Objective—To evaluate potential risk factors for
Coccidioides infection among dogs living in a region in
which the organism is endemic (Pima and Maricopa
Design—Community-based longitudinal and crosssectional
Animals—104 healthy 4- to 6-month-old puppies (longitudinal
study) and 381 4- to 18-month-old dogs with
unknown serostatus (cross-sectional study).
Procedure—Dogs in the longitudinal study were tested
3 times at 6-month intervals for anticoccidioidal
antibodies; dogs in the cross-sectional study were
tested only once. Owners of all dogs completed a
questionnaire on potential environmental exposures.
Results—In the longitudinal study, the relative risk of
infection for dogs that were outdoors during the day
was 4.9 times the risk for dogs that were kept indoors.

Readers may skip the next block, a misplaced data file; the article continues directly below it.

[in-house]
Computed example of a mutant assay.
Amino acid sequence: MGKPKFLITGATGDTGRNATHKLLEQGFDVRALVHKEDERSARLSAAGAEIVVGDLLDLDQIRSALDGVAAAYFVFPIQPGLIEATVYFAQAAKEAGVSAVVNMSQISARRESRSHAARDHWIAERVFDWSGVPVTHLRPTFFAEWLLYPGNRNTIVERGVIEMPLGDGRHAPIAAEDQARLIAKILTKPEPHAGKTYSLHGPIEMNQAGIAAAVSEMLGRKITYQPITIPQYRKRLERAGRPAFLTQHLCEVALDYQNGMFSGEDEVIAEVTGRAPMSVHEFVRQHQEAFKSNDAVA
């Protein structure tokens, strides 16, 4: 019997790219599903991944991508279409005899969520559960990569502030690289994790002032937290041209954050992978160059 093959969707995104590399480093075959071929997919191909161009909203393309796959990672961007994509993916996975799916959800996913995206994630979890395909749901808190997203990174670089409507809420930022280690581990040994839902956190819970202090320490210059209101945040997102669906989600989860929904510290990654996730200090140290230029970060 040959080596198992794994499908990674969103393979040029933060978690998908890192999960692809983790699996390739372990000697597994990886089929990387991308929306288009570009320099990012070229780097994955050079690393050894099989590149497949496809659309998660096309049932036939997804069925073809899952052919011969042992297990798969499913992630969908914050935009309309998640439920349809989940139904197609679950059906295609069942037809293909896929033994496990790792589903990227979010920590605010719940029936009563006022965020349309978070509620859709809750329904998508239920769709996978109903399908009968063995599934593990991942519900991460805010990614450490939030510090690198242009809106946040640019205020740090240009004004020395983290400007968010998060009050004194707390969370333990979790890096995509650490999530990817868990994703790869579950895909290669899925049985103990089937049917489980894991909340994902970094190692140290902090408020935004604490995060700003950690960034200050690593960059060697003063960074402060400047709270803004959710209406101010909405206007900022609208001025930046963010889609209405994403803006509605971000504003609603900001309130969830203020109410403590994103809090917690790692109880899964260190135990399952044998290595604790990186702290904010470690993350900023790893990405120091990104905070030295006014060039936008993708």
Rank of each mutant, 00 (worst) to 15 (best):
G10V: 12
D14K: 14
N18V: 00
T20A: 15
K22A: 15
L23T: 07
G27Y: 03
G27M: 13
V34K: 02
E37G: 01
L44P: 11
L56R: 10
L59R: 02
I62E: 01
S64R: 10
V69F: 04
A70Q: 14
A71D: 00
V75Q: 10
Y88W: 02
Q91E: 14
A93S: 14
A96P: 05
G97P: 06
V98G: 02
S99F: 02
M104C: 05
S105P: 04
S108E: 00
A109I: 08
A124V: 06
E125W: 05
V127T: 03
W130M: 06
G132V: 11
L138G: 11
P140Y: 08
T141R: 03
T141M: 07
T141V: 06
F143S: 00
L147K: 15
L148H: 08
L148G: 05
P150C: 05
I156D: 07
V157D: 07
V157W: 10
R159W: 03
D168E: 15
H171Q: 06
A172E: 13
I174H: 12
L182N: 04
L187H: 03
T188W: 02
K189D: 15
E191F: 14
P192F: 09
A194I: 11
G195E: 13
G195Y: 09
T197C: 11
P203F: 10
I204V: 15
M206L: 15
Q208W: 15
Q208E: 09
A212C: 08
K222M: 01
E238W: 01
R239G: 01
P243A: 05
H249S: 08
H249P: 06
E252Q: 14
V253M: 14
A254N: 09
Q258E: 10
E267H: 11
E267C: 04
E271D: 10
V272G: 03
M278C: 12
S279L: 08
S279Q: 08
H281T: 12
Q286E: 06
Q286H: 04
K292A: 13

Seropositive dogs in the cross-sectional study were 6.2
times as likely to have access to > 1 acre to roam as
were seronegative dogs. Logistic regression analysis
indicated that the odds of infection increased with age
(odds ratio [OR], 1.1), amount of roaming space (OR,
2.4), and walking in the desert (OR, 2.2). Walking on
sidewalks had a protective effect (OR, 0.4).
Conclusions and Clinical Relevance—Results suggest
that in regions in which the organism is endemic,
dogs that spend more time outdoors or have more
land in which to roam are at greater risk of infection
with Coccidioides spp. (J Am Vet Med Assoc 2005;